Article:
I've been struggling with the terms entail, implicate and infer lately. There's good empirical reason for this, and I hope to post on this at some stage. But for now, I'm going to go back to undergraduate semantics briefly, and try to re-learn a few basics. Please feel free to participate in my on-going education!
Despite remembering these terms from earlier study, I realised that my understanding of them was really pretty shaky when it came to actually needing to apply them, and distinguish between them.
With the trusty help of philosopher extraordinaire Bulanjdjan Maïa, I got to the point of:
An implicature is stronger than an inference. An implicature necessarily follows on logical grounds, while an inference can be derived by reasoning.
Which left me wondering, 'well, what's the difference between implicature and entailment?'
And in looking around for some clarity on the matter (= going back to old textbooks), I didn't find much illuminating material. For example, one textbook says:
Sometimes knowing the truth of one sentence entails or necessarily implies the truth of another sentence.
So, entailment = implicature?? Some further thinking on this got me to:
Perhaps implicature operates at the level of pragmatics, while entailment operates at the level of semantics?
Fortunately some good old Gricean know-how kicked in, courtesy of Michael Haugh's paper on The Intuitive Basis of Implicature. According to Grice (1967, 1989), there is conventional implicature, and conversational implicature. Conventional implicature operates at the semantic level, and entailment is a kind of conventional implicature. Conversational implicature operates at the pragmatic level, and can be defeased.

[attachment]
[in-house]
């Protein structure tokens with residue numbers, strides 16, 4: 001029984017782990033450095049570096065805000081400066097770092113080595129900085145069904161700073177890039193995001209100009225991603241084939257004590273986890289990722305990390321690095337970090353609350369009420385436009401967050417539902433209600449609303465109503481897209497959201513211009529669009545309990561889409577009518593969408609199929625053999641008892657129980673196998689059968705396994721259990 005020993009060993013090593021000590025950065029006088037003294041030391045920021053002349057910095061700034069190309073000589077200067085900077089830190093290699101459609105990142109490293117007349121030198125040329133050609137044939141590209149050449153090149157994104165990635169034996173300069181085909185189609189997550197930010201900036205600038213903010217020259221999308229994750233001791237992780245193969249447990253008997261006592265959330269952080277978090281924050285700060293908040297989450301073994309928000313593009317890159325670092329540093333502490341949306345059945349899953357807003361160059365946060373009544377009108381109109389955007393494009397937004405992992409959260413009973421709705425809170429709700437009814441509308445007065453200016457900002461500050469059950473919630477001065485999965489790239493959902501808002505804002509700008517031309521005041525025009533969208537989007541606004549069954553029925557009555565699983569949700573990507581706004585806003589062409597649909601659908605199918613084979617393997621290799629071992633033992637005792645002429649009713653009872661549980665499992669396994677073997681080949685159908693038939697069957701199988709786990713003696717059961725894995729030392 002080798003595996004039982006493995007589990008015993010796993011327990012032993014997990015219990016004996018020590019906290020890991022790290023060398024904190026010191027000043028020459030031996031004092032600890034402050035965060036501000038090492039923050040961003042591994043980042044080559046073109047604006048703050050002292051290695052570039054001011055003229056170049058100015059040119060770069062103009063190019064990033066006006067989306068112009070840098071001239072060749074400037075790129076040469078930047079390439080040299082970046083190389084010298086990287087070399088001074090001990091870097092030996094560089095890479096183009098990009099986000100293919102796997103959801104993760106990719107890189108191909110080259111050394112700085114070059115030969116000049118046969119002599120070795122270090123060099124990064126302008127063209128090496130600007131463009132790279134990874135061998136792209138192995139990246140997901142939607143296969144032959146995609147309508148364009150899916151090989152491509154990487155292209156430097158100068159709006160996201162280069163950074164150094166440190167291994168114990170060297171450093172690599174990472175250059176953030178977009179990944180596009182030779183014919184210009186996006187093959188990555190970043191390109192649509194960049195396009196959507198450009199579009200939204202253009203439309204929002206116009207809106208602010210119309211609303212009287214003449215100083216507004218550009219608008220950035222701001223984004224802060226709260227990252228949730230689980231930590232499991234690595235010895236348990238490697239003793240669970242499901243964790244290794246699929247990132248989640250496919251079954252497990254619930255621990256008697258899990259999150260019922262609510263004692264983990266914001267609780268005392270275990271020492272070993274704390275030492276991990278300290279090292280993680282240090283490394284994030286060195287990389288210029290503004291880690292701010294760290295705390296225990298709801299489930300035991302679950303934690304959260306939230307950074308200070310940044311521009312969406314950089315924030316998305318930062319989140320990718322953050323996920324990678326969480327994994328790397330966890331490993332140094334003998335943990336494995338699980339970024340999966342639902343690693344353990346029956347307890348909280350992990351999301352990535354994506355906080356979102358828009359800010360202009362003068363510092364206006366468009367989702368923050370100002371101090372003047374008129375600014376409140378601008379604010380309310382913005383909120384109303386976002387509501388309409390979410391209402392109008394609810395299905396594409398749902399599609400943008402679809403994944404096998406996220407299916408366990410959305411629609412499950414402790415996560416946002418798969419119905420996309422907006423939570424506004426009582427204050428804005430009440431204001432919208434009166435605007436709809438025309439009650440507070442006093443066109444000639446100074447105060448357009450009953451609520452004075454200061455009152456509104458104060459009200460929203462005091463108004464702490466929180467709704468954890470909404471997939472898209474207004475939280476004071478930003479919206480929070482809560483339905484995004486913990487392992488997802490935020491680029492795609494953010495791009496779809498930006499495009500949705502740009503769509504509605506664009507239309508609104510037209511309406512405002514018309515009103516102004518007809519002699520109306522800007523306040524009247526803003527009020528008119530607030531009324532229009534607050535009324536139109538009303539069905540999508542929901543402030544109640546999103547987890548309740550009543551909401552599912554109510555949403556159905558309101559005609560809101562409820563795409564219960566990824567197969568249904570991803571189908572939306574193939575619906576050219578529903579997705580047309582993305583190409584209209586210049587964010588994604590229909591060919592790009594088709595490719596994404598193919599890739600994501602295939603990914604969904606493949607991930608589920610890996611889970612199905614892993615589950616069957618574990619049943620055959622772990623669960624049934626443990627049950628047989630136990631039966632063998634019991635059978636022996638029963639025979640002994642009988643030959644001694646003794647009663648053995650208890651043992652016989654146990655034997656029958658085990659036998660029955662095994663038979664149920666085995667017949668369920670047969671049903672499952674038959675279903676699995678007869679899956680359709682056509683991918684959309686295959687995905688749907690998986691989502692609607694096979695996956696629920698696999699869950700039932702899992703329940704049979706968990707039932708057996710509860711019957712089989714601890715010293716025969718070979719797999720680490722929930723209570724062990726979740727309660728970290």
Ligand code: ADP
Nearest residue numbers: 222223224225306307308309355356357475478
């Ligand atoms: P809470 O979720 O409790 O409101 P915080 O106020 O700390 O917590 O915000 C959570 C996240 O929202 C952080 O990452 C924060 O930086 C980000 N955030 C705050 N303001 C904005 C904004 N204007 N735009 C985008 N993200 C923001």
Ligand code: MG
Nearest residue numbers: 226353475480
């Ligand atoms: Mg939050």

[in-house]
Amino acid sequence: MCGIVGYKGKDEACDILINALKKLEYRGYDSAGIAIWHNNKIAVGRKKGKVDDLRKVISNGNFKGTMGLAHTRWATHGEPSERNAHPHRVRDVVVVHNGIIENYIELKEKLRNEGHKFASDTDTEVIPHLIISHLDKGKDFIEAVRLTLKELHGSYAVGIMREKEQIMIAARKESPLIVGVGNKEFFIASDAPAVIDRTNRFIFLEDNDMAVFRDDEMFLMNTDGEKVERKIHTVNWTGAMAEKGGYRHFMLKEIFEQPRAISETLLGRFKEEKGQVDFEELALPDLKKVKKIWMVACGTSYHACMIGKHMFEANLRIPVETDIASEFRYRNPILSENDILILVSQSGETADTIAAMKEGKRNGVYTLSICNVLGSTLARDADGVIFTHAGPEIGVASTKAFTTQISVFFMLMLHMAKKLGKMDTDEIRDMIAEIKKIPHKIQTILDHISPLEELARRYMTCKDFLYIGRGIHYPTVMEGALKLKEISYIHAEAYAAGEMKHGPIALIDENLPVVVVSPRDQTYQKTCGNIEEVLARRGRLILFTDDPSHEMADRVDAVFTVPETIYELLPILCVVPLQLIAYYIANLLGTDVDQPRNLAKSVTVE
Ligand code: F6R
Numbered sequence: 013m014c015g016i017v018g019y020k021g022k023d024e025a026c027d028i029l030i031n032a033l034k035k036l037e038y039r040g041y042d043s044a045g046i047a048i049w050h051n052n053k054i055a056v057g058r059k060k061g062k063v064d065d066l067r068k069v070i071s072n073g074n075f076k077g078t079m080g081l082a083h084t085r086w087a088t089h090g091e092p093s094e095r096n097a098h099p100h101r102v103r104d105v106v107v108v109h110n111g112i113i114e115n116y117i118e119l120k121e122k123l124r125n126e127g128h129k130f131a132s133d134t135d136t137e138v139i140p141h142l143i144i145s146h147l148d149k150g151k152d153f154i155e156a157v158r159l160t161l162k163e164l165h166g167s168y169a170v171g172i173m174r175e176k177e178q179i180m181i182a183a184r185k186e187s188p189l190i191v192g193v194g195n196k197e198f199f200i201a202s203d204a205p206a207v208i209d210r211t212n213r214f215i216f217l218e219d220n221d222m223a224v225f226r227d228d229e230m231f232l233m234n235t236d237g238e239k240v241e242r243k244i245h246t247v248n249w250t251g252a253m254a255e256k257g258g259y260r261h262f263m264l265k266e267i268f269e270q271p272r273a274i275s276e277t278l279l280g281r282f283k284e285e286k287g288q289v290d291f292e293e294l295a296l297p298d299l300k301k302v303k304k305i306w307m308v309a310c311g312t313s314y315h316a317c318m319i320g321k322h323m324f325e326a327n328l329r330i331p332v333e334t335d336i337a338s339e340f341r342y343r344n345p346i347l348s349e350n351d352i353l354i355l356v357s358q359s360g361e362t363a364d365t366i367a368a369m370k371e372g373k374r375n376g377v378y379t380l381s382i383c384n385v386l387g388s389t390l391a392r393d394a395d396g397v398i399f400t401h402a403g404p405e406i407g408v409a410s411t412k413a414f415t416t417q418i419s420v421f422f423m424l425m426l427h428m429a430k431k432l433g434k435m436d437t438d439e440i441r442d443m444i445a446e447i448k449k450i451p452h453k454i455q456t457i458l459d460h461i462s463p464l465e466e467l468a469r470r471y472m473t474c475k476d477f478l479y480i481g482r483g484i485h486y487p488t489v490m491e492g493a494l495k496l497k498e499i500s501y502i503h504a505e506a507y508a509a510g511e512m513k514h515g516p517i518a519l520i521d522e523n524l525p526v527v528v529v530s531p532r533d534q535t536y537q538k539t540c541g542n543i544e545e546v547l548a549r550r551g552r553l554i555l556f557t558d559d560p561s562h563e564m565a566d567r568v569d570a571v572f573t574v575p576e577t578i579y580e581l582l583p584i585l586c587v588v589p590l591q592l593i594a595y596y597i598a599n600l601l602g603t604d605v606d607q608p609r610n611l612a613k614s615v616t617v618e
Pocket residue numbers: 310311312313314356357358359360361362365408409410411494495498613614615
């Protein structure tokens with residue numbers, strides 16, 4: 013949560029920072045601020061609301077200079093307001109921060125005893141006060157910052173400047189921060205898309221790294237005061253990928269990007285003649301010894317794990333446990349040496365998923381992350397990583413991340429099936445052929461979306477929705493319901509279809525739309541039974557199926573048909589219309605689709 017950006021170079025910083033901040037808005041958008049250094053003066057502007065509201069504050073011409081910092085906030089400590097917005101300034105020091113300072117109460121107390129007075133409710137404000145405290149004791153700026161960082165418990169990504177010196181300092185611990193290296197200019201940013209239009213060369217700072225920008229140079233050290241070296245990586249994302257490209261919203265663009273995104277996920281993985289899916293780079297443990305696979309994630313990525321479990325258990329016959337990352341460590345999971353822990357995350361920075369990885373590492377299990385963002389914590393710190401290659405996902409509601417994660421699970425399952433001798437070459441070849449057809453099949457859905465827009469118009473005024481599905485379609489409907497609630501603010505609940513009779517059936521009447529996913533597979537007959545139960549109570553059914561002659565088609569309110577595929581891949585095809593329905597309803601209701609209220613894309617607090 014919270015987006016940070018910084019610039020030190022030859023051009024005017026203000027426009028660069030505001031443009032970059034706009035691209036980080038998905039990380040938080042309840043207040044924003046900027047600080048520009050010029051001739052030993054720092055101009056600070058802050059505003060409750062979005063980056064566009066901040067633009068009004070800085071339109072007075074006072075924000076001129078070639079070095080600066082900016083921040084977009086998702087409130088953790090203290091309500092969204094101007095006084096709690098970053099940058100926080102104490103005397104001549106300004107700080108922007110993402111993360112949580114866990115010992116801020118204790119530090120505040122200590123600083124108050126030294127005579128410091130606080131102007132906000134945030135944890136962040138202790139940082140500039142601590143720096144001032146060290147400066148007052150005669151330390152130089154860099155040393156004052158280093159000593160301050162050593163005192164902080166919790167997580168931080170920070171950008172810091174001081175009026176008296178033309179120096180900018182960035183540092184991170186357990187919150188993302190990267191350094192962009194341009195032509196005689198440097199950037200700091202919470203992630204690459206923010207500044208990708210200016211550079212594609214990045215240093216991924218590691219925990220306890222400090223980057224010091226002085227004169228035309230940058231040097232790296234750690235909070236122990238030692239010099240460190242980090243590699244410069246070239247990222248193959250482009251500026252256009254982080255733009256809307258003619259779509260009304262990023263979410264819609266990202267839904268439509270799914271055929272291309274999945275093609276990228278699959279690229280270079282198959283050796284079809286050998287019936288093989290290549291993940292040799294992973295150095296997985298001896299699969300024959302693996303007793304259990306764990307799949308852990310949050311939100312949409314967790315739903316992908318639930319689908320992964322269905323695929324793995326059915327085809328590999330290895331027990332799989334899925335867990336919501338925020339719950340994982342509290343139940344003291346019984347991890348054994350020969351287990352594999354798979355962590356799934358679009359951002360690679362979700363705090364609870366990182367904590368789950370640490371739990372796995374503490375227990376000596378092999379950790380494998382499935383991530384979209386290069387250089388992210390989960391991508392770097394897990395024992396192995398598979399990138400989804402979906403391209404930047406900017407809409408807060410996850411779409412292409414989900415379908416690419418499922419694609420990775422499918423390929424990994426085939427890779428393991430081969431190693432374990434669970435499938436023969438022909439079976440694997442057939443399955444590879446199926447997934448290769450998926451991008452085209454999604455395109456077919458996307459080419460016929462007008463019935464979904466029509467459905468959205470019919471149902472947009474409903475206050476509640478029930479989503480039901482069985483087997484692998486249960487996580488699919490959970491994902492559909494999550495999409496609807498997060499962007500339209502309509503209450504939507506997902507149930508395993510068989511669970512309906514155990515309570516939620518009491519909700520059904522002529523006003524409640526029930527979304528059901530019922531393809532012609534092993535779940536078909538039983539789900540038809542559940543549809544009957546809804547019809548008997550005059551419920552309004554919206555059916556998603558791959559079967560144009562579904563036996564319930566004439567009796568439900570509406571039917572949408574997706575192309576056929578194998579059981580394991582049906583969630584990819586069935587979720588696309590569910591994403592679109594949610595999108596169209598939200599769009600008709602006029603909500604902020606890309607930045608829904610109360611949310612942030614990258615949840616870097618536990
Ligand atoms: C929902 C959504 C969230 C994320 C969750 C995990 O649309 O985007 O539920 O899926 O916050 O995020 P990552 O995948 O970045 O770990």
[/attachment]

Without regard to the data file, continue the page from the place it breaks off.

So that is where I rest my investigation of these terms (for my purposes) for now. However, I was struck by the use if the prefix neo- in Haugh's paper:
Most neo-Griceans have essentially retained this definition of implicature in subsequent developments of Gricean theory, so implicature has continued to be defined as what is communicated less what is said. The problem for the Gricean (and neo-Gricean) definition of implicature is that it encompasses far too large and diverse a range of phenomena.
I've never really understood the semantics of neo-, and perhaps because I'm all about semantic reflection at the moment, I gave it some deductive thought. Perhaps many of you are well comfortable with this little prefix and its denotations and connotations. It seems to be used by social commentators a lot, e.g. neo-christians, neo-conservatives etc. I've always had the impression that those particular examples referred to particularly fundamentalist versions of christianity or conservatism.
It seemed to me, from Haugh's use of the term, that it refers to a 'back-to-basics' approach or philosophy, perhaps after some considerable 'straying' over time from the origins of a movement or philosophy.
So I looked it up in the OED, and lo and behold, neo- is used when:
Forming compounds referring to a new, revived, or modified form of some doctrine, belief, practice, language, artistic style, etc., or designating those who advocate, adopt, or use it.
I think the use of revived is key in this definition, and are evident in some of the examples given in the entry:
The extracts we have given serve to show the dogmatic assertiveness of the Neo-Buddhist philosophy.
And just to tie it all back in to liguistics, this derived form was also listed:
neography n. a new system or method of writing or spelling.